Another technical device called a Spectrophotometer comes into play at this stage, providing a highly accurate measurement of the amount of light (in other words, color) reflected from the raw material sample versus the color standard. Next up is a Light Booth called a “Judge,” which helps Amala conduct a visual inspection to discern, for example, a true grey from an imposter.
“Our part in this is making sure the color is on target, strength is on target, the knittability is there, that we’re going to get the bulk production we need,” says Heather. “And from there we’re relying on the quality control — whether it’s the knitters watching the machines and checking the socks, the auditors on the floor checking the socks, or the boarders checking the socks, everybody looks at the socks to see if we find everything.”
Diane Chadderdon, Darn Tough Quality and Continuous Improvement Manager, says the goal of this first phase is to ensure that “what we put into our inventory is perfect before it hits the knitting floor.”
Not That Kind of "Audit:" Getting Set Up to Knit
Just past the din of receiving and the racks of raw material inventory, the knitting floor thrums with action. Rows and rows of Darn Tough’s specialized machines turn out a crazy spectrum of styles, spanning the whole product line. Yet as fancy as the machines are, the people and the quality process are what sets Darn Tough apart.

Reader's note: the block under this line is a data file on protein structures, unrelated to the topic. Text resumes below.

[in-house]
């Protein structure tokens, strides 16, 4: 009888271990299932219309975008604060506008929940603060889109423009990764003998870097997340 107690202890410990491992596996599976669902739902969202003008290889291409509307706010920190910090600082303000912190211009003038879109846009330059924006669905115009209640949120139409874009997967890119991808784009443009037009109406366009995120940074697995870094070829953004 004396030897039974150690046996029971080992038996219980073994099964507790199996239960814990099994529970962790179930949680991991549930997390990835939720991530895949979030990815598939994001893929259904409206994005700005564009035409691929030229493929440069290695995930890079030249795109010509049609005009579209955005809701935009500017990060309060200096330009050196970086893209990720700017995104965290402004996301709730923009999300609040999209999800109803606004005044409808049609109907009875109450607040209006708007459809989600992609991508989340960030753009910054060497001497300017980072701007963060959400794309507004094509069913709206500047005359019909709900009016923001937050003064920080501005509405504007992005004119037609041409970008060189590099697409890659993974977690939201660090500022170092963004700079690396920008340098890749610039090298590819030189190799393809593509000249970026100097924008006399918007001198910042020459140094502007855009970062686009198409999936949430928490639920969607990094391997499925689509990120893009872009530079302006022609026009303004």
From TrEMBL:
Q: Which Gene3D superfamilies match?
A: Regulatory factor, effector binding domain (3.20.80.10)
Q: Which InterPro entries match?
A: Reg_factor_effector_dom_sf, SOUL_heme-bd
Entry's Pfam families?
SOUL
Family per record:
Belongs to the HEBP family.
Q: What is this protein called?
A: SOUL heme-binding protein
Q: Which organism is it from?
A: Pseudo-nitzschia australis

It begins with the technicians, who set up each knitting machine for a style change. Meanwhile, the quality team maintains a “Golden Sample” for each new style that maintains the standard that needs to be hit for each sock. After the machine is ready to go, and a sample has been run through on the new style, Quality auditors show up to do a three-point check— verifying the golden sample, checking the sizing, and checking all yarns and positions versus the specification sheet for that sock style.
This close-up look covers everything from the yarn cones and tension, to any production defects. Finally, the sock is taken over to a specialized machine shaped like a foot, stretching the sock in 7 critical areas to make sure it’s perfectly aligned with the sizing specifications.
That might sound like a lot. And considering that sock styles or sizes can get changed out on the machines upwards of 30 times a day, it is. But this is how quality is maintained, throughout the process.
“The average company might just make a lot of gray socks,” says Courtney Laggner, Darn Tough Brand & Community Marketing Manager. “Ours have very detailed deigns that just require this level of detail to check. It’s a premium product, and we make sure it’s perfect.”
Continuous Improvement as Source of Pride & Empowerment
The auditors aren’t the only Darn Tough employees keeping an eye on the Quality standard. Part of Diane’s push to continuously improve quality is training everyone involved in manufacturing on the standard, and how to do in-process inspections. Known issues common to certain styles are posted publicly for knitters to check against, and awards are given out for spotting defects.